Describing a Character's Appearance

Question: I've often been told that the most cliché way to describe a character's appearance is opening the story with him or her looking into a mirror and commenting on what they look like.

While I agree with this piece of advice, I'm also at a loss of another way to get a person's appearance out of the way that doesn't seem too jarring or random.

For example, if I go through the beginning of the story without addressing my POV character's looks and then another character who is looking for him/her later on asks, "Say, have you seen a woman/man with short brown hair?" Wouldn't that seem too sudden?

I understand that there must be a character establishing moment fairly early on but is there also a way to establish a character's appearance without breaking up the narrative?

Answer: You're absolutely right about the mirror cliche. The worst cases are those in which a male writer has a female character look in the mirror and describe herself in the way only a male would. so the scene becomes voyeuristic.

My best advice is not to worry too much about getting your character described early in the book. It's not actually a requirement. Keeping the narration real is more important.

In some first person novels, the main character's appearance is scarcely mentioned in the entire book. It's actually not a problem, since the reader isn't likely to confuse this character with anyone else.

If you're using third person, it's a little easier to find places to insert character details and more important, since your narrator needs to use them to distinguish between characters.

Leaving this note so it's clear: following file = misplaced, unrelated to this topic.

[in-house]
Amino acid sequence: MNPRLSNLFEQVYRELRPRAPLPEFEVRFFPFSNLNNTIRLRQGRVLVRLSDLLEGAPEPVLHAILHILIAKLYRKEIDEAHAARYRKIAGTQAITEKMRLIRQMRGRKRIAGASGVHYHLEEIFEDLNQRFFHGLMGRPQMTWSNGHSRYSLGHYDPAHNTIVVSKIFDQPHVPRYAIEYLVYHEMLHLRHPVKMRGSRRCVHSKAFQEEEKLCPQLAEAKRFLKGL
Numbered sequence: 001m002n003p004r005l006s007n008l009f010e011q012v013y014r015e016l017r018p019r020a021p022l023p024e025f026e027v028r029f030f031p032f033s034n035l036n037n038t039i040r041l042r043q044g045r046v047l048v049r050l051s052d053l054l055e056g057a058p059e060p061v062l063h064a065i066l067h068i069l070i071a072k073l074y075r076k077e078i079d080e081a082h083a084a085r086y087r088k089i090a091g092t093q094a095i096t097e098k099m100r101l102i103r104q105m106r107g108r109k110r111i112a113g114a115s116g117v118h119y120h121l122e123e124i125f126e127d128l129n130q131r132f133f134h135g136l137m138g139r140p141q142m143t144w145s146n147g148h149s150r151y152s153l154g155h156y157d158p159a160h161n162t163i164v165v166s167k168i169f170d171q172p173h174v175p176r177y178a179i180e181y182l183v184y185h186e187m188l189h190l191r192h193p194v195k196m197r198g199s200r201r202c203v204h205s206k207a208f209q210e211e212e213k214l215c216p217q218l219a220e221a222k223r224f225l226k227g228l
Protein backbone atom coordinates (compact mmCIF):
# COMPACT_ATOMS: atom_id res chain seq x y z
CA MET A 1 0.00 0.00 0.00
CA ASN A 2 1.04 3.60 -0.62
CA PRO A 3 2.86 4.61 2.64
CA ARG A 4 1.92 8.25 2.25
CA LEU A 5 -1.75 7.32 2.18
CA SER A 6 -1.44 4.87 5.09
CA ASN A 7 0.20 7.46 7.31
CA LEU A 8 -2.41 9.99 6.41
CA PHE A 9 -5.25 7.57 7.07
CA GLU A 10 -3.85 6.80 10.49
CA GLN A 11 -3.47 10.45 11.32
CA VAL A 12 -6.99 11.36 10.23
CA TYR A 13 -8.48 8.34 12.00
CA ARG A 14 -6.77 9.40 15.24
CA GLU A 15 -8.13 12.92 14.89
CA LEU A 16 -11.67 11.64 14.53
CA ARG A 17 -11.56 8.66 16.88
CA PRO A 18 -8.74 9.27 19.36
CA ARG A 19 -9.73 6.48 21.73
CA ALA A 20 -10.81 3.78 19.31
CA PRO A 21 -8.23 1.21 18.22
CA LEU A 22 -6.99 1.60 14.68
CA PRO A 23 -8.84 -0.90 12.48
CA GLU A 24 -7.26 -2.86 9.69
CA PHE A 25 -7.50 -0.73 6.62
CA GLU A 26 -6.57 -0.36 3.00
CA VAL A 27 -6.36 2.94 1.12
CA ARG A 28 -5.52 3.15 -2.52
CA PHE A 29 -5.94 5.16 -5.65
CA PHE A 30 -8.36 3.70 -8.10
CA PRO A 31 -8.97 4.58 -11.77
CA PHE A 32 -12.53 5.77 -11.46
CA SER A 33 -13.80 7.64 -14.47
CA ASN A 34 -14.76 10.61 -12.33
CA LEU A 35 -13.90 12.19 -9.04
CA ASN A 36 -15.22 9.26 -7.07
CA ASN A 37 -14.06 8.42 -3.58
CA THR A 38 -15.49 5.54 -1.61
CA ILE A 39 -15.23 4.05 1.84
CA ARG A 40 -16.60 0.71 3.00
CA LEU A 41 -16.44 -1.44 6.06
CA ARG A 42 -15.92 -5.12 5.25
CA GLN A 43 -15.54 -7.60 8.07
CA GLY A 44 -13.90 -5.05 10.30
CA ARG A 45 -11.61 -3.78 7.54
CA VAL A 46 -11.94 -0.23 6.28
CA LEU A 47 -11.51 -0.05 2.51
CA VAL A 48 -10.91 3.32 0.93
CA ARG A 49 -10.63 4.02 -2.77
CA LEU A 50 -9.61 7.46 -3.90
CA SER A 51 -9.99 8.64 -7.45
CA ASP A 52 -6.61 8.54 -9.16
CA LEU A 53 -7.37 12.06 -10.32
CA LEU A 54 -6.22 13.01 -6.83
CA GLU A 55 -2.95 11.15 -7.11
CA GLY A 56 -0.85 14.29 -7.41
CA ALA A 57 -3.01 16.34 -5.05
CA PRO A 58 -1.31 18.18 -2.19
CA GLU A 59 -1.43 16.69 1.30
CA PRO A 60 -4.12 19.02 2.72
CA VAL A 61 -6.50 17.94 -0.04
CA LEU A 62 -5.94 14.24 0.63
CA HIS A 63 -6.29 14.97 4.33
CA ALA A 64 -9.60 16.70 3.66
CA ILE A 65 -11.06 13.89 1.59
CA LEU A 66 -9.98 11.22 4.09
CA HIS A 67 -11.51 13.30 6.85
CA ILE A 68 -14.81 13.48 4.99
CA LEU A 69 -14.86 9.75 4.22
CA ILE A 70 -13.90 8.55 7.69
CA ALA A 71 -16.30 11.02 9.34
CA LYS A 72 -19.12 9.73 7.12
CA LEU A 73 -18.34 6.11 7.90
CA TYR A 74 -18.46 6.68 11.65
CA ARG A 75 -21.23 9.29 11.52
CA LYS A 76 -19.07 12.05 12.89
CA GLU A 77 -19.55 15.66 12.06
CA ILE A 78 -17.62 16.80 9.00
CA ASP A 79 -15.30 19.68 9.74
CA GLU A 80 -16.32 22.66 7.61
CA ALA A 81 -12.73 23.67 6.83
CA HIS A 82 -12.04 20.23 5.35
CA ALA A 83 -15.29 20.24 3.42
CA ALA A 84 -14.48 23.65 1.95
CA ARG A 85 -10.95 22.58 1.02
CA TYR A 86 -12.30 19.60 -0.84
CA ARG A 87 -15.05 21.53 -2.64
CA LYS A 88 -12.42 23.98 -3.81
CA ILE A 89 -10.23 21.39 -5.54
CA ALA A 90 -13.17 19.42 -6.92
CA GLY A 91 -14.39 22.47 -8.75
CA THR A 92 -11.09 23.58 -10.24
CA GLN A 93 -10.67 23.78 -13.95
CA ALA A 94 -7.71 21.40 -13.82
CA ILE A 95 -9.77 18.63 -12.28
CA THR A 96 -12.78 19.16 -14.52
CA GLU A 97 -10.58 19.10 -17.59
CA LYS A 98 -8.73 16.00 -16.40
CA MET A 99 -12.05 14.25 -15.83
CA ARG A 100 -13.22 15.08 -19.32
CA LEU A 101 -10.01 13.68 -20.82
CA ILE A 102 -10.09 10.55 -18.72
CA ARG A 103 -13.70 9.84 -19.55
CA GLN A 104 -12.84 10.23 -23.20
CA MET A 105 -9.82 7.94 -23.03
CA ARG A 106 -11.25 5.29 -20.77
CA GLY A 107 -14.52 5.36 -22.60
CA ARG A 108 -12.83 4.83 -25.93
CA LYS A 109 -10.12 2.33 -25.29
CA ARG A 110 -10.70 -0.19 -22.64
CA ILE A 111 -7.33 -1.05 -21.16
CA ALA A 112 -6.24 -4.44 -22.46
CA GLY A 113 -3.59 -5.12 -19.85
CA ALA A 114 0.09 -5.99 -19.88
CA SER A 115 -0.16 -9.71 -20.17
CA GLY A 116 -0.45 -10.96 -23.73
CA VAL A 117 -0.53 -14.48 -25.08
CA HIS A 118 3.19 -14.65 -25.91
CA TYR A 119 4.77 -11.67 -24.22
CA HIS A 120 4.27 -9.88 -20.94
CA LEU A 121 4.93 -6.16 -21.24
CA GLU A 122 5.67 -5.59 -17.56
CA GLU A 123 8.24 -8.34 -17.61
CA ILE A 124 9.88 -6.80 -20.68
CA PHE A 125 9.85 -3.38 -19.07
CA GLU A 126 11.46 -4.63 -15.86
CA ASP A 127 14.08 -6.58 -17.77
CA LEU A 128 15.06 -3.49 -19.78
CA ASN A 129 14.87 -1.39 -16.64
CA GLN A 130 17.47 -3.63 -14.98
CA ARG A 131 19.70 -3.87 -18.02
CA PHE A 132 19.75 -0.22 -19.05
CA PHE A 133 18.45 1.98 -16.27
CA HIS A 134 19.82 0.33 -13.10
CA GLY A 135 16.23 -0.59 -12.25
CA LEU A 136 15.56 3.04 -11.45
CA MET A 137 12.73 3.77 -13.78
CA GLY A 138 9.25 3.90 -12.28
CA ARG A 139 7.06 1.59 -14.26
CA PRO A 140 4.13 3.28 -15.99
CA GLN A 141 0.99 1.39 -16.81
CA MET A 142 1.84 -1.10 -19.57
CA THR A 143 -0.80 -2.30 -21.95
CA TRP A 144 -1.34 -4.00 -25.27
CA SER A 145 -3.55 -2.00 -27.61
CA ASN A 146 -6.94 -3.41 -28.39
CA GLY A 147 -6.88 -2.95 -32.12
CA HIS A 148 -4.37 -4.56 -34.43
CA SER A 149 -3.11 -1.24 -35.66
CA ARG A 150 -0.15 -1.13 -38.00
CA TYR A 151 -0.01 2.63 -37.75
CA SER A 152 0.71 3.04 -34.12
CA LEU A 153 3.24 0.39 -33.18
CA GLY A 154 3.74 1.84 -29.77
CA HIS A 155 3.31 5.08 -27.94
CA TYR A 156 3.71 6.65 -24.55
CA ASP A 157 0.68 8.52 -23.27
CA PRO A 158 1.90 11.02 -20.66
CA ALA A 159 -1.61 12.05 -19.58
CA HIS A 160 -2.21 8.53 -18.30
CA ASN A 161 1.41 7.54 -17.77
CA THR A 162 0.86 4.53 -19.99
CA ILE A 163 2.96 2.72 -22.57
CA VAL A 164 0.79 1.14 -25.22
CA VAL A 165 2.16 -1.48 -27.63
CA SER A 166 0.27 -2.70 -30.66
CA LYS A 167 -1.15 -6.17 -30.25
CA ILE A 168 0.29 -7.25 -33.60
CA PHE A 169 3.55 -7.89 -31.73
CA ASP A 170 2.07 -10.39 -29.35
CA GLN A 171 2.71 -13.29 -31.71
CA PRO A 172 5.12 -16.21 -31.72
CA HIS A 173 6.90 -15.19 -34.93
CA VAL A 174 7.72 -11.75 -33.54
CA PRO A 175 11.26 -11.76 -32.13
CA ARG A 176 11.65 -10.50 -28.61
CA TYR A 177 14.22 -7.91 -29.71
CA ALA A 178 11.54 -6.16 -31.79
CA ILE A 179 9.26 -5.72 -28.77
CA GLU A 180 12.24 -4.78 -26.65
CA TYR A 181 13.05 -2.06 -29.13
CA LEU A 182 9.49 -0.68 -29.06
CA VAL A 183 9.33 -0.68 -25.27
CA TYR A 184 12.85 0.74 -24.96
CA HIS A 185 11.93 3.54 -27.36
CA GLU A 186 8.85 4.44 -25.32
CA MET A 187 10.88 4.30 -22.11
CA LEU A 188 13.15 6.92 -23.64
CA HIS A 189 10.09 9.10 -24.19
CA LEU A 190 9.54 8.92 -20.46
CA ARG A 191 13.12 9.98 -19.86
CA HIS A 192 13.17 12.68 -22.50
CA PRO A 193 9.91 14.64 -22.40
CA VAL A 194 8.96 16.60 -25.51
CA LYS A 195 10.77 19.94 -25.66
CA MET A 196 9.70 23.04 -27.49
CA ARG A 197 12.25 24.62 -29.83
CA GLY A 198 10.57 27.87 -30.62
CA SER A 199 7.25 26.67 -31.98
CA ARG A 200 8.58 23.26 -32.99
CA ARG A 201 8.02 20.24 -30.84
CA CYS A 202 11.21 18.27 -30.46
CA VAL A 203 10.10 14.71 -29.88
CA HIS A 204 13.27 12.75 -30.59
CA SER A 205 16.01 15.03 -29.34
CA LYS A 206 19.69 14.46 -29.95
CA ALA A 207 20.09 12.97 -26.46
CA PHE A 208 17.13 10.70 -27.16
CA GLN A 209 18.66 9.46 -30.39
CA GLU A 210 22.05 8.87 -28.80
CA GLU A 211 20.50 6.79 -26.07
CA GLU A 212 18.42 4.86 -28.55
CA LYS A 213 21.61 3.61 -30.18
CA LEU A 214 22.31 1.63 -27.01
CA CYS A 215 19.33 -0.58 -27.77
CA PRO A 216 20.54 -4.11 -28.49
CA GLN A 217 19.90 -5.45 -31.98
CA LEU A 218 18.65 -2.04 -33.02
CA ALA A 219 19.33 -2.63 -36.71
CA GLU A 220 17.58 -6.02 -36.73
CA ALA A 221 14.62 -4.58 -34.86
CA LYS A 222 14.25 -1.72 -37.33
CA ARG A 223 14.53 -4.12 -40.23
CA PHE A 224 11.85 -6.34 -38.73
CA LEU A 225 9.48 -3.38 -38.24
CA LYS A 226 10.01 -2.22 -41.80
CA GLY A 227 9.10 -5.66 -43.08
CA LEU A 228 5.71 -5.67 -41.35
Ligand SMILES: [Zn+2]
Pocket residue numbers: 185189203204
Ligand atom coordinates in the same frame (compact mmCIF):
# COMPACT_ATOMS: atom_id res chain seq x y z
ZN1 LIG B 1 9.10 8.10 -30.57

Either way, when the main character's appearance is important to the story, you must look for opportunities to describe it in a natural, in-context way.

Sometimes a character may have reason to think about her appearance, for instance if she is self-conscious or vain - or is being made self-conscious by another character.

Sometimes you can create an incident in which there's a reason to mention a key detail about the main character's appearance.

And sometimes it makes sense to have other characters say things to or about the main character that imply aspects of the main character's appearance. Some examples:

"I like your tattoo."
"Can you get that vase from the top shelf? It's out of my reach."
"Were you on holiday recently?"

For instance, there's a scene in one of Kelly Armstrong's YA books where a teenage boy gives a sweatshirt to the main character - a teenage girl. She looks at it and, disappointed, points out that it's a boy's sweatshirt. The boy then says that he didn't think it would matter on her. She is mortified, of course.

It's a brilliant way to work in the fact that the girl is flat-chested, because it brings out her insecurity and advances the relationship between the two characters.

Fortunately, you may only need a few distinguishing details about a character to set him/her apart. And because they are the most noticeable details, it is easier to find natural ways to introduce them.

What's really hard is if your character has something like a birthmark which no one ever sees and the character never thinks about, but which becomes important at some point in the story. In that case, you may be forced to be a little creative about working it into the story early on.

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